time after the leaves, and are white, variegated with red and yellow; and in Britain and the northern parts of the United States, they expand in May, and the fruit ripens about the end of September or early in October.

Varieties. The following varieties are recognized under this species, and may be described as follows:

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1. Æ. H. FLORE PLENO, Loudon. Double-flowered Horse-chesnut. This vari ety is recorded in nurserymen's catalogues, but it is not common.

2. Æ. H. VARIEGATA, Loudon. Variegated-leaved Horse-chesnut. The leaves of this variety are blotched with yellow, or yellowish-white; but they have a ragged and unhealthy appearance, and are by no means ornamental.

3. Æ. H. OHIOENSIS, Michaux. Ohio Horse-chesnut, or Fætid Buckeye. This variety is found on the banks of rivers in Pennsylvania, Virginia, Ohio, and

Kentucky. It is a low tree, with a rough, blackish bark, the cellular integument of which, emits a disagreeable, fœtid odour. The ordinary stature is ten or twelve feet, but it sometimes attains a height of thirty or thirty-five feet, with a diameter of twelve or fifteen inches. The leaflets are glabrous, unequal in size, oval-acuminate, irregularly toothed, and of a fine green colour. The flowers are white, about half the size of the Esculus hippocastanum, and appear in May or June. The fruit is also about half the size, of the same colour, and is contained in fleshy, prickly capsules, and matures early in autumn.

4. Æ. H. RUBICUNDA, Loudon. Scarlet-flowered Horse-chesnut; Marronier rubicund of the French; and Scharlachrother Rosskastanienbaum of the Germans. The colour of the flowers of this variety is scarlet. The leaves are of a deeper green than those of any other kind. It is distinguished from the Esculus hippocastanum by the leaves being fuller and more uneven on the surface, and of a deeper green; and from the Esculus rubra, by its larger and rougher leaves. It is doubtful whether this tree is a native of America, or originated in British nurseries. It was first cultivated in England in 1820; and a tree at Endsleigh Cottage, in Devonshire, attained the height of thirty feet in eighteen years after planting.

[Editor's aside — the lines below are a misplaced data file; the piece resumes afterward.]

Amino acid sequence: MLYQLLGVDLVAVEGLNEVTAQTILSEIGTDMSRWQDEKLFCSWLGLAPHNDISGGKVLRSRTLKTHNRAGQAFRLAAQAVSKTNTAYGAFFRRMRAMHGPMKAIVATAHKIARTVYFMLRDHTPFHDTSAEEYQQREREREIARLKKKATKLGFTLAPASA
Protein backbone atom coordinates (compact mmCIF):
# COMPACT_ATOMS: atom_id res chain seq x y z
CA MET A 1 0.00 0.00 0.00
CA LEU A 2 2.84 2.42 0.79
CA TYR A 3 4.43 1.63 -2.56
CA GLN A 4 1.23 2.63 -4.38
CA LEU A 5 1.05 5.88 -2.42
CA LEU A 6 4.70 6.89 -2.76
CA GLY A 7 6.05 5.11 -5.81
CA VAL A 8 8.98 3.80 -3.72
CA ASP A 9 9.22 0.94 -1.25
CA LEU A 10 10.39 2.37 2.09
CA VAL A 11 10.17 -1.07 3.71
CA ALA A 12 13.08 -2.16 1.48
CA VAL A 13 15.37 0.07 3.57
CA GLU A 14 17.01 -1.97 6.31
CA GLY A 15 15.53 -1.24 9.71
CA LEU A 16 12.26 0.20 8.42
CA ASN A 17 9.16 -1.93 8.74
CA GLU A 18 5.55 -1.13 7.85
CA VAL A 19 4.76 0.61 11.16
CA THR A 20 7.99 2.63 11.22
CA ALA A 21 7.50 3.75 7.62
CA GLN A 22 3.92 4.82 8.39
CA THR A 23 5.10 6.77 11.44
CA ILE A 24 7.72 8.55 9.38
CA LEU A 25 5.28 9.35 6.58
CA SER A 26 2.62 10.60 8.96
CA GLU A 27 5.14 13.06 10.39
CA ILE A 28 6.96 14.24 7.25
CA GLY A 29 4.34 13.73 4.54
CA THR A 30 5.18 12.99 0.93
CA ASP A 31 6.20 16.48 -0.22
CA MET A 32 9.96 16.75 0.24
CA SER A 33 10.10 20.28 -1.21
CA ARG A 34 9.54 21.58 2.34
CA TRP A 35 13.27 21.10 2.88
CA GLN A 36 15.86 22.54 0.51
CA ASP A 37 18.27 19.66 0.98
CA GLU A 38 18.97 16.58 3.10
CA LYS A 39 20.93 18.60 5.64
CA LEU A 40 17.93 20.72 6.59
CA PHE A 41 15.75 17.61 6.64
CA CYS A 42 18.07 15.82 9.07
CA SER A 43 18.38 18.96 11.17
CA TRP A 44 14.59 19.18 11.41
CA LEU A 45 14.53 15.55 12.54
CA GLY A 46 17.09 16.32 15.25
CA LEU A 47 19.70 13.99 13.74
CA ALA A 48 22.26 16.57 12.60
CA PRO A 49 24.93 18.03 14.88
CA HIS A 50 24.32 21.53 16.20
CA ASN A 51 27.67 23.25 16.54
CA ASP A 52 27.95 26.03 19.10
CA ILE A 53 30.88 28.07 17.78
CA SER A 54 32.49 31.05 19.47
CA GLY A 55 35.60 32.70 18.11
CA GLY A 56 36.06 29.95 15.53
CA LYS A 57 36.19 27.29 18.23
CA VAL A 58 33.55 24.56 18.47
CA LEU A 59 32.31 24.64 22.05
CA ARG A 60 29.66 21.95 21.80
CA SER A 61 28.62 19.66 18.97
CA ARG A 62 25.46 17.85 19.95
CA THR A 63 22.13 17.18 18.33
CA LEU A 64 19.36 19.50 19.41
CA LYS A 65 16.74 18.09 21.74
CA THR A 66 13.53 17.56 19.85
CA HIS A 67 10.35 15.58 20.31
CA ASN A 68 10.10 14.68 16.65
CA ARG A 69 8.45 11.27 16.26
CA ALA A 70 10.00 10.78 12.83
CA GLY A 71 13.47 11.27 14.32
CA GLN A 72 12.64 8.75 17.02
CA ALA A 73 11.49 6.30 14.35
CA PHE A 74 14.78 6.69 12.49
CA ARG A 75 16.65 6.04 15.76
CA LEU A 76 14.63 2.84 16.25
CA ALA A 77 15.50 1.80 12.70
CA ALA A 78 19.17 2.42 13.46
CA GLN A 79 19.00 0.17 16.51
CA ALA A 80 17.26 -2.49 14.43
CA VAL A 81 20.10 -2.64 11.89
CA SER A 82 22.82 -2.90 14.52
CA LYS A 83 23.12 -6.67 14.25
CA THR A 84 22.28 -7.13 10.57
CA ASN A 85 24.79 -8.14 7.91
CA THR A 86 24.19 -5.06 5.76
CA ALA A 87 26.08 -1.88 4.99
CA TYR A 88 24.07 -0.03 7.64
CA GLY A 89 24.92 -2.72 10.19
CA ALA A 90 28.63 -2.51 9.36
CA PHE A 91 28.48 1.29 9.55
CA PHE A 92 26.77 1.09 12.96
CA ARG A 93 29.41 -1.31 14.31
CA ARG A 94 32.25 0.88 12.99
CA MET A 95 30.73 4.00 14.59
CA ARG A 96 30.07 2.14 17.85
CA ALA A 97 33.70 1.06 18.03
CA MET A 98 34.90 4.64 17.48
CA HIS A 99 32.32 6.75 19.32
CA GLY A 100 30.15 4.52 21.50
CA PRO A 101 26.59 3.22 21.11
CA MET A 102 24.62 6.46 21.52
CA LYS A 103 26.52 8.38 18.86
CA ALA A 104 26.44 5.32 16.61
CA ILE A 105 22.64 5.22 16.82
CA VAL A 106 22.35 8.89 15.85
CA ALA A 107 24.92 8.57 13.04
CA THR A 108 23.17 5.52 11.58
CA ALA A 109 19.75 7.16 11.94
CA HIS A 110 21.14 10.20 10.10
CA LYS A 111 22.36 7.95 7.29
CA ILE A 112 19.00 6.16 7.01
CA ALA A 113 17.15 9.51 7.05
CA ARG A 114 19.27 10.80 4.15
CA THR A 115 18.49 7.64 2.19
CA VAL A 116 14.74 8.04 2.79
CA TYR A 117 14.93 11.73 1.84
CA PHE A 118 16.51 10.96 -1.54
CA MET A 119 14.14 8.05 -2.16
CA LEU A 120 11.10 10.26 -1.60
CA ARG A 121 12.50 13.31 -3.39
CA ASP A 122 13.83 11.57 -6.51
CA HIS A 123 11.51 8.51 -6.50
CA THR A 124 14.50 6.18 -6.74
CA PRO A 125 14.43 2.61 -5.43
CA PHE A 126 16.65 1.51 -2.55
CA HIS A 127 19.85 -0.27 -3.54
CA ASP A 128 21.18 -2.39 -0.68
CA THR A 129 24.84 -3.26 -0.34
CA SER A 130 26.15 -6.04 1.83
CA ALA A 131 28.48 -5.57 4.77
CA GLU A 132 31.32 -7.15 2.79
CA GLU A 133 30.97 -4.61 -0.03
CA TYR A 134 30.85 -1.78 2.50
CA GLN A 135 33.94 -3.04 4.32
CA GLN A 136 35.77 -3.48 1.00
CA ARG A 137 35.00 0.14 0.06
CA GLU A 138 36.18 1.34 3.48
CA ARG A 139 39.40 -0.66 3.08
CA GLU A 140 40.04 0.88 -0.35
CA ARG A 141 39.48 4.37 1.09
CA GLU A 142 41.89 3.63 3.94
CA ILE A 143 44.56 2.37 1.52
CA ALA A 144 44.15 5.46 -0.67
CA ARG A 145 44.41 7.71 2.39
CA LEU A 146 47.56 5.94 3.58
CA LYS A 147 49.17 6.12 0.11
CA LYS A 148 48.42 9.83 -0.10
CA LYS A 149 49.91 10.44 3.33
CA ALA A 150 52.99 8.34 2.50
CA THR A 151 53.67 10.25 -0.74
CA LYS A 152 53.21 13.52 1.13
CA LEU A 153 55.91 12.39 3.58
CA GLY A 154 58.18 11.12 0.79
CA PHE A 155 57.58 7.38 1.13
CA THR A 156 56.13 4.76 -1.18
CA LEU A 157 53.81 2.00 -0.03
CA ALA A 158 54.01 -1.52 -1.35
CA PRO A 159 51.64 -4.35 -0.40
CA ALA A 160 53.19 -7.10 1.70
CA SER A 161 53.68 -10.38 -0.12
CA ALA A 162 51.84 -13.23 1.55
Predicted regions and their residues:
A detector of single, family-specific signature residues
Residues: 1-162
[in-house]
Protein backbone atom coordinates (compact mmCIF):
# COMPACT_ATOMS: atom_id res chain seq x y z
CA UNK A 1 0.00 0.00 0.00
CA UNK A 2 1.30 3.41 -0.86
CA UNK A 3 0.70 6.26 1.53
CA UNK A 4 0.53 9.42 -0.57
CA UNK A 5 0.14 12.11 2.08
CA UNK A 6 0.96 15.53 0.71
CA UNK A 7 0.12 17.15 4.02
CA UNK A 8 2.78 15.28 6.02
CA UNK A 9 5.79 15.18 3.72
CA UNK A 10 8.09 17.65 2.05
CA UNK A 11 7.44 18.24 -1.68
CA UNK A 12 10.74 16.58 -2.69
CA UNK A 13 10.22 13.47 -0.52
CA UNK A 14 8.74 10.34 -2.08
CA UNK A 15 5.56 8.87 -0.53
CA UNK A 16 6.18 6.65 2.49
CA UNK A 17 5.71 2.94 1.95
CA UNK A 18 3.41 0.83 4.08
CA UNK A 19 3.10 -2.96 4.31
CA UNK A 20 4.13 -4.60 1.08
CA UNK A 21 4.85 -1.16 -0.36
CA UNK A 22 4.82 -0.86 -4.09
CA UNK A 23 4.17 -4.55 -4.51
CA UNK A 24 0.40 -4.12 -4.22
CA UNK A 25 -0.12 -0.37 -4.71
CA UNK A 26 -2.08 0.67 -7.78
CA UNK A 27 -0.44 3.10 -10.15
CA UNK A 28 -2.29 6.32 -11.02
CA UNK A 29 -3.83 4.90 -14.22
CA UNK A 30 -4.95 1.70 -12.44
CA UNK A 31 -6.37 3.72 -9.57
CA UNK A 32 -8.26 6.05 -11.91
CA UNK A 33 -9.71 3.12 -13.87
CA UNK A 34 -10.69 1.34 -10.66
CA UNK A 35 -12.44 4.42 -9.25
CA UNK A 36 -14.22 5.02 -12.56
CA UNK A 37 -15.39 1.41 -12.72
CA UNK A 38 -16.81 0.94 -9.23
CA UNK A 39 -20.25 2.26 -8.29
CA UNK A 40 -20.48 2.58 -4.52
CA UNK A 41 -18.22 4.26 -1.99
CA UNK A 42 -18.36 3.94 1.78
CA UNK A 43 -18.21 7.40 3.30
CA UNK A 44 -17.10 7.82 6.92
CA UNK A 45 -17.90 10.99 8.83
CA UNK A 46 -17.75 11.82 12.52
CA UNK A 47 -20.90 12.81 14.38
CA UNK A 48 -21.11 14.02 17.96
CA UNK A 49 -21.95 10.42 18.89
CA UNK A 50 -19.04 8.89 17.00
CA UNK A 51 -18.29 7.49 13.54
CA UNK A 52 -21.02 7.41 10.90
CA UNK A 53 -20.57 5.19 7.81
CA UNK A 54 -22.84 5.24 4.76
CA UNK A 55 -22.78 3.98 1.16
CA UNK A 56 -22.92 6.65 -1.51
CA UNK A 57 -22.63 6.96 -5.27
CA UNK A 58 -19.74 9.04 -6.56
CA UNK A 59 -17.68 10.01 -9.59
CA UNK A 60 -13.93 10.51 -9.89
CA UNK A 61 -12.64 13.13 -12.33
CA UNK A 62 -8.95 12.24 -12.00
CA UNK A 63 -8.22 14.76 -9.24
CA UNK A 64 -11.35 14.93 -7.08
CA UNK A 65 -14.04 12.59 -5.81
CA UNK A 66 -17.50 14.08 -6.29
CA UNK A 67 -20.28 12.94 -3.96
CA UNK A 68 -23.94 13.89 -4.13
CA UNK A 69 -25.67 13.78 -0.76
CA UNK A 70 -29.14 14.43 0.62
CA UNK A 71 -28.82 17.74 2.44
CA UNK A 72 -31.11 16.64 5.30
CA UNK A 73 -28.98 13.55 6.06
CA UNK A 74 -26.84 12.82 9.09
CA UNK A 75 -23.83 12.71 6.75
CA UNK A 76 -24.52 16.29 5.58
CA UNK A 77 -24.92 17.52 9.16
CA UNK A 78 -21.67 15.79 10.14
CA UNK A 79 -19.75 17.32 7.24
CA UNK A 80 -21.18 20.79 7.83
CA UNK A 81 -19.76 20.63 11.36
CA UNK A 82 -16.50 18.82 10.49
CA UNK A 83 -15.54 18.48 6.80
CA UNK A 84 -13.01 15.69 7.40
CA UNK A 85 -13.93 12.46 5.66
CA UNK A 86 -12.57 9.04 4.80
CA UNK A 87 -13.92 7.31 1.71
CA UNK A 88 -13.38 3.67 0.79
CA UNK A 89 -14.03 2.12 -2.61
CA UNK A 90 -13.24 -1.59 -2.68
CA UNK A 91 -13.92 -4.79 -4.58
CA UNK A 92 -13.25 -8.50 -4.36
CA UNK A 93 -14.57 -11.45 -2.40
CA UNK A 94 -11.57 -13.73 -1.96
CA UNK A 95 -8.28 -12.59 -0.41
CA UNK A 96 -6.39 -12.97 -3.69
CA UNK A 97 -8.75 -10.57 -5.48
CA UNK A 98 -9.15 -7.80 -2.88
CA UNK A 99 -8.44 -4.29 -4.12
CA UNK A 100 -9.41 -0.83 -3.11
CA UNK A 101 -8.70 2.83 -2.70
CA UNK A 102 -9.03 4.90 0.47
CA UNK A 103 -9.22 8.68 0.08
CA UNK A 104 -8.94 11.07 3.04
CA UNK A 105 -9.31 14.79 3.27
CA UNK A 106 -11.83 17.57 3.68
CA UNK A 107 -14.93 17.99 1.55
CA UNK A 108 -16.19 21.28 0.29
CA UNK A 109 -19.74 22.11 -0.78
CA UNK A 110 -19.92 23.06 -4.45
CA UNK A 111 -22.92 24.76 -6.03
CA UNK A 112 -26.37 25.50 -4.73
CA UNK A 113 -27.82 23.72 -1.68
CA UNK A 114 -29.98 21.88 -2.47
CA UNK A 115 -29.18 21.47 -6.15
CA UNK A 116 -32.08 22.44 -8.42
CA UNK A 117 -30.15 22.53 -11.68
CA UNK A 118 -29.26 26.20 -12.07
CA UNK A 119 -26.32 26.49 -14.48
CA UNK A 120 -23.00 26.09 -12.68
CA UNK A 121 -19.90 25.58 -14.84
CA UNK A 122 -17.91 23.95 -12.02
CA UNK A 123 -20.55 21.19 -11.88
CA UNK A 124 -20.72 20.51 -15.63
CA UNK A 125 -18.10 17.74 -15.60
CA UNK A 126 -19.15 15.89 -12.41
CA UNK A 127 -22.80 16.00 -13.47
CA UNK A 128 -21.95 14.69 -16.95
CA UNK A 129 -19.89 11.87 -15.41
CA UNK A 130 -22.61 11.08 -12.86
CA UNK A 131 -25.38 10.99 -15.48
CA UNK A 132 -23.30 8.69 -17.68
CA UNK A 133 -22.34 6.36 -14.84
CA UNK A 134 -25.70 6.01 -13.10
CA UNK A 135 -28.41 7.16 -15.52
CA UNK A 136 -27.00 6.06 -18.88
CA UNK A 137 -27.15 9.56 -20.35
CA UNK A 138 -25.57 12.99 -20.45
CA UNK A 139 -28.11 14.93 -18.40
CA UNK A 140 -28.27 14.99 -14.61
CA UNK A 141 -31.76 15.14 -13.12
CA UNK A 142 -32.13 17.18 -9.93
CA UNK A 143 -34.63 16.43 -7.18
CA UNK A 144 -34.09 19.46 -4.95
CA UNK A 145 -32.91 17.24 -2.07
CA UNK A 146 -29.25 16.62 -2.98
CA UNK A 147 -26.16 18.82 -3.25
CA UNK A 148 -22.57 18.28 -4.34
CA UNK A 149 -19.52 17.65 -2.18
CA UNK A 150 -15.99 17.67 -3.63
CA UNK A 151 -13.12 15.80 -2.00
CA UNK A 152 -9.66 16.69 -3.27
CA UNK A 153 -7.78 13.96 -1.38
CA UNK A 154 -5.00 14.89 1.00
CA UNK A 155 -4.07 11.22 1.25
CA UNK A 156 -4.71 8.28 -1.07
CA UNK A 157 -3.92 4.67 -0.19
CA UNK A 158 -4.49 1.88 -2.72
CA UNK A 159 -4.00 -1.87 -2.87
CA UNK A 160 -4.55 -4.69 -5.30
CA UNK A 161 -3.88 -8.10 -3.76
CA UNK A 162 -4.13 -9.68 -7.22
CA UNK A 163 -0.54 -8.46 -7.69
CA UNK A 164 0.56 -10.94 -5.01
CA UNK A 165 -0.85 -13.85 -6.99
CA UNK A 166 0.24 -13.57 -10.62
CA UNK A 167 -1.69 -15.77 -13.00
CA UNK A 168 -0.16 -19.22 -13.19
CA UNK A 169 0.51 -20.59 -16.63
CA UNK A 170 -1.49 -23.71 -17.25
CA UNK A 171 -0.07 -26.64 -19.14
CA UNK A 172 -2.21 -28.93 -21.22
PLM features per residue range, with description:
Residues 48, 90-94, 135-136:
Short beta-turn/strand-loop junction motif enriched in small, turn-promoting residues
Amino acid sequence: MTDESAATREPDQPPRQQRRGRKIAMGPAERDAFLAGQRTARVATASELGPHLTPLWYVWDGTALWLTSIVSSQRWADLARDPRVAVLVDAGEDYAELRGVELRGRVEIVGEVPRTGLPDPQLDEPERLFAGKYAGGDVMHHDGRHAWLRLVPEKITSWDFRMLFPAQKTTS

5. Æ. H. GLABRA, Loudon. Smooth-leaved Horse-chesnut. This variety is a low tree, native of North America, and introduced into Britain in 1822. Its leaflets are of a pale-green, very smooth, and fall in autumn sooner than those of most other varieties. The flowers are of a greenish-yellow, and appear in June. The whole plant is comparatively glabrous, and even the fruit partakes of that quality.

6. Æ. H. PALLIDA, Loudon. Pale-flowered Horse-chesnut; Gelblicher Rosskastanienbaum of the Germans. This variety is a native of the forests of Kentucky, and was introduced into Britain in 1812. It closely resembles the preceding variety, but is somewhat more robust in its growth. Its flowers are paler, being of a whitish, or greenish-yellow, and its leaves are not quite so smooth.

7. E. H. ASPLENIIFOLIA. Fernlike-leaved Horse-chesnut.

This is a French

variety, having leaves resembling those of ferns.

8. . H. FOLIIS ARGENTEIS, Loudon. Silver-leaved Horse-chesnut, the leaves of which are blotched, or striped with white, instead of yellow.

Geography and History. The native country of the common horse-chesnut, Mr. Royle observes, "is yet unknown, though stated, in some works, to be the north of India." He says that he never met with it, though often visiting the mountains of that country, where, if anywhere, it was likely to be found, and where the Indian horse-chesnut was found in abundance.

According to M. Bon de Saint-Hilaire, the horse-chesnut passed from the mountains of Thibet to England in 1550, and thence to Vienna, by Clusius, and afterwards to Paris by Bachelier. It is also stated by Clusius, in his "Rariorum Plantarum Historia," that there was a plant of this species at Vienna, in 1588, which had been brought there twelve years before, but which had not then flowered. It has also been said that this tree was first raised in France, from seeds procured from the Levant, in the year 1615, by one Bachelier. Parkinson, in 1629, says, "Our Christian world had first a knowledge of it from Constantinople." The same author placed it in his orchard, as a fruit-tree, between the walnut and the mulberries. We afterwards find it mentioned in Johnson's edition of Gerard's "Herbal," in 1633, as then growing in Mr. Tradescant's garden, at South Lambeth. From this period till the time of Miller, it appears to have attracted great attention, and acquired a high reputation as an ornamental tree, as he represents it in 1731, as being very common in England, and extensively employed in the formation of avenues and public walks.

The largest horse-chesnut, supposed to exist in Britain, is at Nocton, in